Fizzy drink consumption drops
The new research from Mintel finds that a quarter (25%) of people in the UK are consuming less carbonated soft drinks (CSDs) than they were six months ago – rising to a third (34%) of those aged 16-24.
Of those consuming less CSDs in 2014, 50% said they were doing so because they contained too much sugar.
Following this decrease in demand, consumption has inevitably taken a knock and is expected this year to fall to its lowest point since 2010.
The UK consumed 5.96 billion litres in 2010, whilst this rose to 6.17 billion litres in 2011, this has declined to just 5.95 billion litres in 2014.
Richard Ford, senior food and drink analyst at Mintel, said: 'The findings of our research come as the debate over sugar’s contribution towards the nation’s growing obesity continues to be played out in the media, with CSDs being highlighted as one area for improvement.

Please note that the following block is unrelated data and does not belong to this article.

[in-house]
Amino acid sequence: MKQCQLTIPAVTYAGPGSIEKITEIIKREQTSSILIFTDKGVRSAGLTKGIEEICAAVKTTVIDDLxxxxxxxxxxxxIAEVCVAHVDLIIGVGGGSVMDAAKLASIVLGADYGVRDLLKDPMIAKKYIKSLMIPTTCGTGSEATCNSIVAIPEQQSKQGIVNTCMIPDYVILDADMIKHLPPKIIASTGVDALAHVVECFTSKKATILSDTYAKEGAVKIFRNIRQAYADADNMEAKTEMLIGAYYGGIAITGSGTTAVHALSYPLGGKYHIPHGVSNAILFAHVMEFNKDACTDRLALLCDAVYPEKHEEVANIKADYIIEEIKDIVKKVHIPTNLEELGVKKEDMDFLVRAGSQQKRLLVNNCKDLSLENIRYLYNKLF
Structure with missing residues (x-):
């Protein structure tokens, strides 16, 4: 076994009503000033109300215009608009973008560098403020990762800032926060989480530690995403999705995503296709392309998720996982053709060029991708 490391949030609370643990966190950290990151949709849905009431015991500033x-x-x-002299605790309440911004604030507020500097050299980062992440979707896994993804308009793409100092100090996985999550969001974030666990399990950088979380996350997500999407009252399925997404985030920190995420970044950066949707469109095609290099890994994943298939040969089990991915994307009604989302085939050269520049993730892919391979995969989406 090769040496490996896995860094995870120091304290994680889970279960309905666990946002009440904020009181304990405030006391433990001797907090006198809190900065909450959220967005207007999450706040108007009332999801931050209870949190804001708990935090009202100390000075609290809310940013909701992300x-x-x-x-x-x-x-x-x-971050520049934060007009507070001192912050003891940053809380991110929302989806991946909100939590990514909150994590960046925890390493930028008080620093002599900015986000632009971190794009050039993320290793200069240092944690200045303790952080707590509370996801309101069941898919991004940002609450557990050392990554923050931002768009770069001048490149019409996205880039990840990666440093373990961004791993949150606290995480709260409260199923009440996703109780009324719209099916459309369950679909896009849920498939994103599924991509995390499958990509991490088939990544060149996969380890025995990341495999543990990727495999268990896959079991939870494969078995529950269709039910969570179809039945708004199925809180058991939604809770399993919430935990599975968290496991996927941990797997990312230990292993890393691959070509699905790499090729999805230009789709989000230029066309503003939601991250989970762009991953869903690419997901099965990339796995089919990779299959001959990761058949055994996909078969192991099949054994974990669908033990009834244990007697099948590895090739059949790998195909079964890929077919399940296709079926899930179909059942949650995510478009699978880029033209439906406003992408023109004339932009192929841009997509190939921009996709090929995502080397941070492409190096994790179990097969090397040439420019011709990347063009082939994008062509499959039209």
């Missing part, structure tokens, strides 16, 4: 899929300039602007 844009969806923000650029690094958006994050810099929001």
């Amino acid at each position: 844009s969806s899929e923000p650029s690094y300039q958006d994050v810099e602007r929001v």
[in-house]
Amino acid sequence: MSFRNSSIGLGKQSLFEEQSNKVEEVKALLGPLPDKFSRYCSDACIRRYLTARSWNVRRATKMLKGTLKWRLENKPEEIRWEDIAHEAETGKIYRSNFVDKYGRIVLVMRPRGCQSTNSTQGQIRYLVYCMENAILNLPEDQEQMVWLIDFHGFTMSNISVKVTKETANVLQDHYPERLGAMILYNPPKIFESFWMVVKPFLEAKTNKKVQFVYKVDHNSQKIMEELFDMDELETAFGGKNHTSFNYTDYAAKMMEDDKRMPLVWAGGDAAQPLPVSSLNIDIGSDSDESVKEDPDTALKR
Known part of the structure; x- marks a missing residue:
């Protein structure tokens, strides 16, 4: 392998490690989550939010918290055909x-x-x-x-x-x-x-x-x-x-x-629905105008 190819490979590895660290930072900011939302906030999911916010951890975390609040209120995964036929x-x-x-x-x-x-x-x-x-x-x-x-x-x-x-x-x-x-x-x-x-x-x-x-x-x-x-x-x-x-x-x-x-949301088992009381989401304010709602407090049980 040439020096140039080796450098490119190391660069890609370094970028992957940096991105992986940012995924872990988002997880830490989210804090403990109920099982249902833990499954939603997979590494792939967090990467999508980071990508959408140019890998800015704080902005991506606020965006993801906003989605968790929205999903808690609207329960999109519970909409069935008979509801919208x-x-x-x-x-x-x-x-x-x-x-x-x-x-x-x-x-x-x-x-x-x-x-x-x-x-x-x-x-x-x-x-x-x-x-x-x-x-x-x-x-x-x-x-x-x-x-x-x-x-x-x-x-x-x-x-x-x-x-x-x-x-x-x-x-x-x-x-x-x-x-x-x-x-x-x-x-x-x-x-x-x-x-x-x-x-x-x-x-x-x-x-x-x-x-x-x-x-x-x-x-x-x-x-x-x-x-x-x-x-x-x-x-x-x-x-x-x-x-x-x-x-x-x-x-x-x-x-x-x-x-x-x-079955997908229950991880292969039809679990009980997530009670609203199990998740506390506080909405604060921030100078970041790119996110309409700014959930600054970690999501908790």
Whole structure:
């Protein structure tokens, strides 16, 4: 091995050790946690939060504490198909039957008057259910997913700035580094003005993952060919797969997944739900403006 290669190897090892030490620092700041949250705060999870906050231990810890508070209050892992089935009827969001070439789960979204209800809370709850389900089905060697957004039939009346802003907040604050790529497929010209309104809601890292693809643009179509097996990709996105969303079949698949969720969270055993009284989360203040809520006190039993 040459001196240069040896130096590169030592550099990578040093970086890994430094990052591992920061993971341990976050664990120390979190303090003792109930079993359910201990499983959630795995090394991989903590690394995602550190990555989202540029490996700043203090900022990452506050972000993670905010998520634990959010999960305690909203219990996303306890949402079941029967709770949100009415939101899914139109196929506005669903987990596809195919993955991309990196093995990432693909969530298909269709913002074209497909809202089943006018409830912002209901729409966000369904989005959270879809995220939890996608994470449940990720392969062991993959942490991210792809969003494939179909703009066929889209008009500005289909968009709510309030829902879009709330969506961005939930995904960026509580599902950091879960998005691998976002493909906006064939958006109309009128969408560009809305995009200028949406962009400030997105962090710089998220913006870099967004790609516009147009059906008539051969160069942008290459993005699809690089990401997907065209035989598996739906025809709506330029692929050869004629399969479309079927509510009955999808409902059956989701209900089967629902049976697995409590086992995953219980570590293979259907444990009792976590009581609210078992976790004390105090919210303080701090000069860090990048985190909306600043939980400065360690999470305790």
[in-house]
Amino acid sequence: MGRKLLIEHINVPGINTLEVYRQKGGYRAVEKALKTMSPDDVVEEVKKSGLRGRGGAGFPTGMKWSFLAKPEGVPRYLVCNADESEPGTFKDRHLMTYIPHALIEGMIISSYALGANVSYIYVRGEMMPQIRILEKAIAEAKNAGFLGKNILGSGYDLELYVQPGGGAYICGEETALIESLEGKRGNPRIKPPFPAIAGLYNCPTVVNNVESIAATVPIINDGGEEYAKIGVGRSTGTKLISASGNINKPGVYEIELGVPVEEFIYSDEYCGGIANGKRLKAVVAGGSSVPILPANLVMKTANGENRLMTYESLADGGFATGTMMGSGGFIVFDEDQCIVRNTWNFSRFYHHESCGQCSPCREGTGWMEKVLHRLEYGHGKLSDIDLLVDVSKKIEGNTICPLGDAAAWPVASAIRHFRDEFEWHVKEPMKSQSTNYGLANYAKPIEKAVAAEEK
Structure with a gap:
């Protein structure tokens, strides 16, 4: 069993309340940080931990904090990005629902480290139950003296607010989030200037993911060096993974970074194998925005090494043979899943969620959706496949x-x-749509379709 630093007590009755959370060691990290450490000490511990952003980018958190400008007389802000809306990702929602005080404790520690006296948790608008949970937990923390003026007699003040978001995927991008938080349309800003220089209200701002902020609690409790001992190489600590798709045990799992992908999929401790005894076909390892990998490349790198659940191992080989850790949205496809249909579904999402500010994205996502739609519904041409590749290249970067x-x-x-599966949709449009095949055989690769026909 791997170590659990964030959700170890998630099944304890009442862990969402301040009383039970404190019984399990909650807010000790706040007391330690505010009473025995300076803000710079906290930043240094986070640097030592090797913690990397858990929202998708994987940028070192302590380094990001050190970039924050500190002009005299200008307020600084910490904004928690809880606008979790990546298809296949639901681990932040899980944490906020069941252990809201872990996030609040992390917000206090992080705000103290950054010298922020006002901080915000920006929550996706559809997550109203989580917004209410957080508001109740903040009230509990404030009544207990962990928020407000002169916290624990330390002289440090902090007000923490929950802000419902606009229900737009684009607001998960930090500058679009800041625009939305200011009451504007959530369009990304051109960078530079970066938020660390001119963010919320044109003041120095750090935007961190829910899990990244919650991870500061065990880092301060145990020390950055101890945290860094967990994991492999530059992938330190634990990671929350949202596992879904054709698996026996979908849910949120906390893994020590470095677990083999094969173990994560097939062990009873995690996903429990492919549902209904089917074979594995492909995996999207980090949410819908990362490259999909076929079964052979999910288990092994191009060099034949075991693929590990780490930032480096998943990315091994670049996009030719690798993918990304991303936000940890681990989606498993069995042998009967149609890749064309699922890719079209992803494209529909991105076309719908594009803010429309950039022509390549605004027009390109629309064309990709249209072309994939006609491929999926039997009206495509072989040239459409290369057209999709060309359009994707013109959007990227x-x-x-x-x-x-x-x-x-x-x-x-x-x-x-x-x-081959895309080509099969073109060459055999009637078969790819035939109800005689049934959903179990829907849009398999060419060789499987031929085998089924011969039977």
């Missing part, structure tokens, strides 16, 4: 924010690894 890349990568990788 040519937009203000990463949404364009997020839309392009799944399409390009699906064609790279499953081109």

'As such, CSD manufacturers continue to launch lower-sugar and sugar-free variants of their standard soft drinks, the highest-profile example of which is Coca-Cola’s forthcoming launch of Coca-Cola Life, which contains a blend of sugar and the sweetener stevia leaf extract, in the UK this September.
'That CSDs meet a strong perceived need to quench thirst amongst consumers means that, in one sense, the category is well-placed in consumers’ minds.
'However, whilst the industry has been proactive in tackling concerns around the high sugar content of some of the drinks by introducing lower-sugar or lower-calorie variants, more work is needed.'
Further to this, Mintel’s research also sheds light on other important reasons why some consumers are drinking less CSDs.
A third (34%) of those drinking less carbonated soft drinks than six months ago said they were doing so because they were worried about the health impacts of artificial sweeteners.
Meanwhile, Government initiatives are also affecting consumption with one in six (16%) saying they are drinking less due to health campaigns such as Change4life.
Earlier this year, additional Mintel research identified that a third (32%) of those who had drunk fruit juice, juice drinks and smoothies in 2013 said they limited their consumption of juice drinks due to the high sugar content.